Remembering the 1956 South Pacific Championship

60 years on

The 2016 Gnoo Blas Classic was 60 years on from the second South Pacific Road Racing Championships held on January 30, 1956.

Only 23 days out from the meeting the Cherry Blossom Car Racing Committee was seeking volunteers to help with essential last-minute work to get the track ready for what it billed as the ‘biggest motor race meeting ever held in Australia…’

The committee said car racing meant a lot to Orange and brought the world’s best machines to the city for the entertainment of people. ‘The committee needs your help so try to help us out,’ it said in a newspaper advertisement. ‘There will be work for boys and men of all ages on Saturday afternoons from 2pm and from Sundays from 8am each weekend until the races.’

The first weekend was a disappointment with only five volunteers turning up on the Saturday and seven on Sunday. Their job was to

Stan Jones

Stan Jones

help relocate the pit area from outside the track adjacent to the railway line to the inside of the aerodrome. In the meantime the committee had recruited Orange Sports Motorcycle Club members to act as spectator marshalls to patrol the no-go area between the safety fence and a single-strand wire fence 20ft (6m) back.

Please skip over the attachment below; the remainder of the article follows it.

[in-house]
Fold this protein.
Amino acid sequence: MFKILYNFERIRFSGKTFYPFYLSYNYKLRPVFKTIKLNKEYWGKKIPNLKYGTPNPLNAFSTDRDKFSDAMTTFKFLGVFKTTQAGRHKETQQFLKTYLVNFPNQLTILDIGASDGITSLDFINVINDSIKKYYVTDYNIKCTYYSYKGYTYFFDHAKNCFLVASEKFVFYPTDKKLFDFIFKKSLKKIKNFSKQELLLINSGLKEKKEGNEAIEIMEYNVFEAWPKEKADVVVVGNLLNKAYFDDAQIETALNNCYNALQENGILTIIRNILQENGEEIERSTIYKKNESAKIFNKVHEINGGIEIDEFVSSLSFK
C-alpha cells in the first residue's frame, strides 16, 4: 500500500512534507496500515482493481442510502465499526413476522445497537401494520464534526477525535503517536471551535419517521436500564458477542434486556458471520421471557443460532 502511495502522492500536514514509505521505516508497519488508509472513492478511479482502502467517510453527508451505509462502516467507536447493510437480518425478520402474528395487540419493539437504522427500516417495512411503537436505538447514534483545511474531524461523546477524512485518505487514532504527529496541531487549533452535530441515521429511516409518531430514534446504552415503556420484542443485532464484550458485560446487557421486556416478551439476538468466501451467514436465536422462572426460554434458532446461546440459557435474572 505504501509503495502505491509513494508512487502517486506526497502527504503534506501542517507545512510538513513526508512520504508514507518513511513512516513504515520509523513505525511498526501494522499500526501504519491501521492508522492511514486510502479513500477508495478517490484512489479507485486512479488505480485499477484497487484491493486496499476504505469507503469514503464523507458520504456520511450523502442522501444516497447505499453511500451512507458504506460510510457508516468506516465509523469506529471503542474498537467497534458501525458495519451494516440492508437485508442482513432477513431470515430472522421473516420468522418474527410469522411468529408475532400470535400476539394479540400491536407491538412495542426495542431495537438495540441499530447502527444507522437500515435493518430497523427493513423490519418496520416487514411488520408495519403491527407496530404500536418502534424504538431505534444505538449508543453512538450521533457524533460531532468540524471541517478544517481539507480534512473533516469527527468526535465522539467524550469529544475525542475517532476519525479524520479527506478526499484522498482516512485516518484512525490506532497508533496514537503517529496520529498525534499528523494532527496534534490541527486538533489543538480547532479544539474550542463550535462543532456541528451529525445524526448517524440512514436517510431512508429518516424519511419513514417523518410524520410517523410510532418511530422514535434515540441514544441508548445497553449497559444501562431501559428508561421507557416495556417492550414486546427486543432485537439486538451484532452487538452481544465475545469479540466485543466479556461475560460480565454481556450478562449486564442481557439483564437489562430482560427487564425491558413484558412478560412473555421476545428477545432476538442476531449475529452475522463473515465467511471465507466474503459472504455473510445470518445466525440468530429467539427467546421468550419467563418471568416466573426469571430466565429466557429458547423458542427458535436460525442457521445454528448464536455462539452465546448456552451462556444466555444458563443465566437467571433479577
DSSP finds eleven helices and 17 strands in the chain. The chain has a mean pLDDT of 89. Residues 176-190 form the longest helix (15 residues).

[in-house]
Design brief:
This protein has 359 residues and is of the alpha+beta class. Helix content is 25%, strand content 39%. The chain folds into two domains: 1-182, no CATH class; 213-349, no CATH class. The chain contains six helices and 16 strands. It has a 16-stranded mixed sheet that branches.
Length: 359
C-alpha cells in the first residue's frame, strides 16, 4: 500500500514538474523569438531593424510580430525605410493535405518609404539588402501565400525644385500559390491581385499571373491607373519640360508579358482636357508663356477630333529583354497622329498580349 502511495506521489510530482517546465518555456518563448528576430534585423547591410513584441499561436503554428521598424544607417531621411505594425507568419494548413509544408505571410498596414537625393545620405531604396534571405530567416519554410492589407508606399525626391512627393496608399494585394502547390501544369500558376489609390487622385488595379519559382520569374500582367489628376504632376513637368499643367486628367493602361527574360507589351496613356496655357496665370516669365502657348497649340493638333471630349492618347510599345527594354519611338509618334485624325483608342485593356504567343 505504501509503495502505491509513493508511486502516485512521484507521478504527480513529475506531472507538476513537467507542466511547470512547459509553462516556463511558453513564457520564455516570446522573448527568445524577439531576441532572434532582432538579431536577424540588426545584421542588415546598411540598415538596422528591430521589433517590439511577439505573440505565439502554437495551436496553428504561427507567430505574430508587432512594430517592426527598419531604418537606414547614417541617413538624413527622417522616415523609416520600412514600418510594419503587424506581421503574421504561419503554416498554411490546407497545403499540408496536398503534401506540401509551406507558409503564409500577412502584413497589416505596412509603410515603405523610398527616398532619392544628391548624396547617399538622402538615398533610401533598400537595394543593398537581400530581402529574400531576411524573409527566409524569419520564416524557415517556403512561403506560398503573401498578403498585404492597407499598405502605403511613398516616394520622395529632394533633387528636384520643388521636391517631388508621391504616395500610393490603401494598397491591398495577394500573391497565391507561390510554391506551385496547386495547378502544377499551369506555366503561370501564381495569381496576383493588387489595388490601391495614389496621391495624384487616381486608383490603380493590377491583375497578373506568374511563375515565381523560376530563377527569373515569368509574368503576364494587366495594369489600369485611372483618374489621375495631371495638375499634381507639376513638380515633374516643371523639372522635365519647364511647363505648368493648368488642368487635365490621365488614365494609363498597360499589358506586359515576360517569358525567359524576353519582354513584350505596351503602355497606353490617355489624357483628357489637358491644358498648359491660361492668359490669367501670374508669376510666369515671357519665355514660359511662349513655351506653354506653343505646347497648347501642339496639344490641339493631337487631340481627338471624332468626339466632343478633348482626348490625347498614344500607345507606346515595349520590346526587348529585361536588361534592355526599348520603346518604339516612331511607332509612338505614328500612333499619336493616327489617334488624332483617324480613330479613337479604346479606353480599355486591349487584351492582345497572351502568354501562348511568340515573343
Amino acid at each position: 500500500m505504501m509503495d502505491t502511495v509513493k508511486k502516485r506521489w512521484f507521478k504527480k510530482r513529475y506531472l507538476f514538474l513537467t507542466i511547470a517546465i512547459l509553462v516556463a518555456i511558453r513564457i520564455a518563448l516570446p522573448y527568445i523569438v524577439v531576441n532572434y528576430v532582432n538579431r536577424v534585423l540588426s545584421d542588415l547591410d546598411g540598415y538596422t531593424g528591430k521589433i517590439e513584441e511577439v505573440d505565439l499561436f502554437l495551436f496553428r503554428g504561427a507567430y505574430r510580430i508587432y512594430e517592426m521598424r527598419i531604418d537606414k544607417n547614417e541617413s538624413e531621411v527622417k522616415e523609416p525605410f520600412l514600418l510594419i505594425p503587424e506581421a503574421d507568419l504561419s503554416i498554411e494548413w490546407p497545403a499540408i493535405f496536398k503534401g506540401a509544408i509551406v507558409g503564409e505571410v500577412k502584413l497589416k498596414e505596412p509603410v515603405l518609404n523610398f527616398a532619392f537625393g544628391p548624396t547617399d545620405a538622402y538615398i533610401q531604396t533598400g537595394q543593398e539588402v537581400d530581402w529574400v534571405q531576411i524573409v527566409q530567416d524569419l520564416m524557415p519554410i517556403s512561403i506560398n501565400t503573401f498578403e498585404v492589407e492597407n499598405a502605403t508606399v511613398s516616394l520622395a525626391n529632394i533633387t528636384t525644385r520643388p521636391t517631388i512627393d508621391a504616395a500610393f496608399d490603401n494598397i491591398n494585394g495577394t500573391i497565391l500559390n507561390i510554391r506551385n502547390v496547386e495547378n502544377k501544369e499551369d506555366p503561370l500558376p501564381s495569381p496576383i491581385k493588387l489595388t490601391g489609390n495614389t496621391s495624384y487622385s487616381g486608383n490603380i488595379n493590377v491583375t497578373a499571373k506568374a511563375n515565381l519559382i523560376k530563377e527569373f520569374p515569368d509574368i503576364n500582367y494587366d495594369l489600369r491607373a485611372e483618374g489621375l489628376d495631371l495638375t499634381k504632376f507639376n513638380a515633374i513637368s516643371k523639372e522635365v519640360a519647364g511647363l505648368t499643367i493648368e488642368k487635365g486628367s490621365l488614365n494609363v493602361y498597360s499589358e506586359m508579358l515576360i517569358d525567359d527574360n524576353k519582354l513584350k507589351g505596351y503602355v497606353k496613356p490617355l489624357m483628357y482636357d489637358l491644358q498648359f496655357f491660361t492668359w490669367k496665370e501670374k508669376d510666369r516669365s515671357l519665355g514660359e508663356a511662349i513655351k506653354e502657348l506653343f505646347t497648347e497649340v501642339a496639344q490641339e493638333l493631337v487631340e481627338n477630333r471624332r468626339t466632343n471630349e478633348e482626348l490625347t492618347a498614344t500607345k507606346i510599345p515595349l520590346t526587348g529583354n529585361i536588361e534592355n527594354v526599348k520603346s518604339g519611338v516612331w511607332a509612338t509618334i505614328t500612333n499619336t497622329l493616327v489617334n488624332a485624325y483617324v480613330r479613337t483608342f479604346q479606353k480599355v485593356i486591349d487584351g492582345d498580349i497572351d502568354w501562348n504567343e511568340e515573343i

At the same time the committee announced it had received confirmation that colourful New Zealand driver Fred Zambucka would race at the January 30 meeting in a special Maserati built for the Indianapolis 500. He had bought two of three of the cars built for the American race but they had arrived too late for the event and were put on the market.

The committee made promotional mileage by explaining the car would run on a ‘high explosive fuel called nitro-benzine which American drivers called bug juice. The fuel was used by German fighters in World War 11 to enable them to out-climb the British Spitfires,’ the committee said.

Stan Jones entered two cars, his famous Maybach in which he won the 1954 New Zealand Grand Prix, and a Cooper Jaguar which he bought from British driver Reg Parnell. Parnell had driven it to fourth place in the NZGP behind Stirling Moss, Peter Whitehead and Tony Gaze.

Lex Davison was billed to race his HWM Jaguar for the first time at Orange after winning the 1954 Australian Grand Prix in it at Southport.  Jack Brabham was in the line-up again with the Cooper Bristol that gave him lots of oil line problems at the previous October Gnoo Blas meeting.

Reg Hunt

Reg Hunt 1956

Curley Brydon was down to drive Dick Cobden’s Ferrari, which had been overhauled by the Italian company when Cobden took it overseas. Doug Whiteford was to be another Gnoo Blas debutante in his Lago Talbot. Reg Hunt a week out from the meeting was a late entry with two Maseratis, considered then the fastest cars in Australia.

Hunt had bought one of the cars the previous year for £10,000 ($20,000) and had just taken delivery of the second from the Maserati company to race in Australia in its Olympic year. Hunt would drive one and a nominated driver the second.
Add Prince Bira’s OSCA, then in the hands of new owner Alf Harvey, and George Pearse’s MG Cooper, and the field for the South Pacific Championship was looking good on paper.